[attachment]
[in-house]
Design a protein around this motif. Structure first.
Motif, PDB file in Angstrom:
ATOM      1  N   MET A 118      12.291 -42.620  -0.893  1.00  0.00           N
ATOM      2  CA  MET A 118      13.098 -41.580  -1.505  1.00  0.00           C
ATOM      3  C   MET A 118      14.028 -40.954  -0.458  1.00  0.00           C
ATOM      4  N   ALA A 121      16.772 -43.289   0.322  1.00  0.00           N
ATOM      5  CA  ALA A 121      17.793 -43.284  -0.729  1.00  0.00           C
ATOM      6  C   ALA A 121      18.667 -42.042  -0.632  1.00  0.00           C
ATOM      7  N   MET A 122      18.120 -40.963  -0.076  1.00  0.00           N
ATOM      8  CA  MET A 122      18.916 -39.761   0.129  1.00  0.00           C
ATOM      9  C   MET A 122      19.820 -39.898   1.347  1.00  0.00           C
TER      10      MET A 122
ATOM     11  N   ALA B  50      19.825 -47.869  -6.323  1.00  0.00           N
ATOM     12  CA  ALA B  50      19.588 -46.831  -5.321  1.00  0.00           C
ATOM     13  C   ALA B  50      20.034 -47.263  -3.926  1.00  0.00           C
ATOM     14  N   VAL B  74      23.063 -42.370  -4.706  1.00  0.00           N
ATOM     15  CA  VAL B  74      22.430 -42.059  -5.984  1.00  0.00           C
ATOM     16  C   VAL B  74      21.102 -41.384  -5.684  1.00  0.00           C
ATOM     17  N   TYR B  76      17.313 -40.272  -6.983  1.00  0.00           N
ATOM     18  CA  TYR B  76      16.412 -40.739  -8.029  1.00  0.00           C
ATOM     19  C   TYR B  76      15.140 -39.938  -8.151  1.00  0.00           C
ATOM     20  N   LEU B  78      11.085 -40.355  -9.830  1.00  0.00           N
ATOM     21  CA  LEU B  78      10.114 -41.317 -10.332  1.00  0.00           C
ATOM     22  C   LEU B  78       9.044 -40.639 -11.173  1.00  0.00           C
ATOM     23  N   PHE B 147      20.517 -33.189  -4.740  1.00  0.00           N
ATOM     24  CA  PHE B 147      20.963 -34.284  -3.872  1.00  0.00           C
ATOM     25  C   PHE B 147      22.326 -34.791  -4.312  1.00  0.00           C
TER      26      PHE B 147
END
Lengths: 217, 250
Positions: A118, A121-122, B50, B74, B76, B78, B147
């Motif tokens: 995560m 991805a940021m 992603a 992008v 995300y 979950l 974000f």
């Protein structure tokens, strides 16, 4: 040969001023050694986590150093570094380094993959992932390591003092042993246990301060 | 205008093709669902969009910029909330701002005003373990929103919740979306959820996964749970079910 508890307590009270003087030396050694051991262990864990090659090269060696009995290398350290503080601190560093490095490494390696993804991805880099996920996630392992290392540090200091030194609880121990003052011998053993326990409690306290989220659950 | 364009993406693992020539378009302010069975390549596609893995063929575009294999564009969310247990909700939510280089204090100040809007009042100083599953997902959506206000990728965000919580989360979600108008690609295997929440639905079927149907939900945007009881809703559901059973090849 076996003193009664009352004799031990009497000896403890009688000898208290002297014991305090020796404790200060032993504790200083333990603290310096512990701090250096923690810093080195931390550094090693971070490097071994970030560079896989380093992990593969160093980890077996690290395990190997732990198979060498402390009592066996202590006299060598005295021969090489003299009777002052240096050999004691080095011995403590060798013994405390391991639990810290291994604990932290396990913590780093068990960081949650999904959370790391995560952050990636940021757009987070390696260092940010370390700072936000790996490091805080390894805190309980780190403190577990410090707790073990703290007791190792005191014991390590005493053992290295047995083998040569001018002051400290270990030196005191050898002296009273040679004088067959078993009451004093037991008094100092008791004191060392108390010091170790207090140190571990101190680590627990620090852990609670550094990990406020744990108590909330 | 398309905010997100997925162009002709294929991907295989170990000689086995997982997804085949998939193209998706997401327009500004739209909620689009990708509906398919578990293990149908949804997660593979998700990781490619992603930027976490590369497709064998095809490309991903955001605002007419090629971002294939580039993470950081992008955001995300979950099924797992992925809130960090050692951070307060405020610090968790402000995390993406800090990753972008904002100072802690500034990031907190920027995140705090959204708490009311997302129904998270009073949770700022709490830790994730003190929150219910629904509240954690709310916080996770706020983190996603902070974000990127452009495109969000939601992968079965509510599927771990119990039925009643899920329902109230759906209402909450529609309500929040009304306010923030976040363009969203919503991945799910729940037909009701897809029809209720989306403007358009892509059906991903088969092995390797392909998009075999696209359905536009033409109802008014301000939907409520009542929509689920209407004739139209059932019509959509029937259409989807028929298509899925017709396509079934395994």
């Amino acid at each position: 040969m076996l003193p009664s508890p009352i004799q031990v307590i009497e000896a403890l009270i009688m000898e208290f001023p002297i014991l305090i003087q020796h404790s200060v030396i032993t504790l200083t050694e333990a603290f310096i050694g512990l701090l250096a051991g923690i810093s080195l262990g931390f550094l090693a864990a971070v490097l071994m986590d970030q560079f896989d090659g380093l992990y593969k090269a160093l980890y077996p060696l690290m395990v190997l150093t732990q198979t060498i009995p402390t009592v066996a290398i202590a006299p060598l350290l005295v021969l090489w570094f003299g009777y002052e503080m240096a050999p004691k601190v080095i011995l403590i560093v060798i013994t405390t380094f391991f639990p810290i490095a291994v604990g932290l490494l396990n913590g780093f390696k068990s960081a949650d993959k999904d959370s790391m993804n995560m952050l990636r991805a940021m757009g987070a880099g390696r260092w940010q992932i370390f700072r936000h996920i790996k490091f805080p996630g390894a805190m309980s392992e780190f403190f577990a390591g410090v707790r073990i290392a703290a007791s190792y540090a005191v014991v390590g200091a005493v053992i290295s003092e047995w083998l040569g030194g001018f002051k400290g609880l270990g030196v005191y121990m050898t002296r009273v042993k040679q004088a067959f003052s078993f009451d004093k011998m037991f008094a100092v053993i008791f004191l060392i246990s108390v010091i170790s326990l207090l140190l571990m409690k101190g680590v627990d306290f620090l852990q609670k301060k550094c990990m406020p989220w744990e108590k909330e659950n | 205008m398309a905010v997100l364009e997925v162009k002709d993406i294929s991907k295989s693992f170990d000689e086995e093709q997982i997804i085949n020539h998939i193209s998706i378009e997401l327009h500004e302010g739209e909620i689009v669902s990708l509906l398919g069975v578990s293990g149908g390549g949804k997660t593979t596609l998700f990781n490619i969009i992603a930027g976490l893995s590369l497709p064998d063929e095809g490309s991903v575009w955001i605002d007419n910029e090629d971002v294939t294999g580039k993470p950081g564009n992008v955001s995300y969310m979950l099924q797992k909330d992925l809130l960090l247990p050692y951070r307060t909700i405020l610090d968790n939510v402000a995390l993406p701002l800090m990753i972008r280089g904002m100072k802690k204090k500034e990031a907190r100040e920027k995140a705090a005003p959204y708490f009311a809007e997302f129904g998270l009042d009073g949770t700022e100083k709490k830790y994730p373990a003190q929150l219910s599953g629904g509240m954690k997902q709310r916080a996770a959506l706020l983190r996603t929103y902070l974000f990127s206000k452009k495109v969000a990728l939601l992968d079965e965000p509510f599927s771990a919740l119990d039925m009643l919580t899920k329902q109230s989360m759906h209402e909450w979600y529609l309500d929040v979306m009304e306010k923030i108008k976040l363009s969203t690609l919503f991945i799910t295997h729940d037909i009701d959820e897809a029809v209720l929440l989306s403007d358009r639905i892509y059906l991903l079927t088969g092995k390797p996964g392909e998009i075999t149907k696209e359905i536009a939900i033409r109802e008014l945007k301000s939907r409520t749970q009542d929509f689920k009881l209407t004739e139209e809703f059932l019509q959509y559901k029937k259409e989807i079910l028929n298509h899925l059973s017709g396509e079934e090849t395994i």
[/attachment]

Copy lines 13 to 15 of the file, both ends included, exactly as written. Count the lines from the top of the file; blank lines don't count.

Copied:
TER      10      MET A 122
ATOM     11  N   ALA B  50      19.825 -47.869  -6.323  1.00  0.00           N
ATOM     12  CA  ALA B  50      19.588 -46.831  -5.321  1.00  0.00           C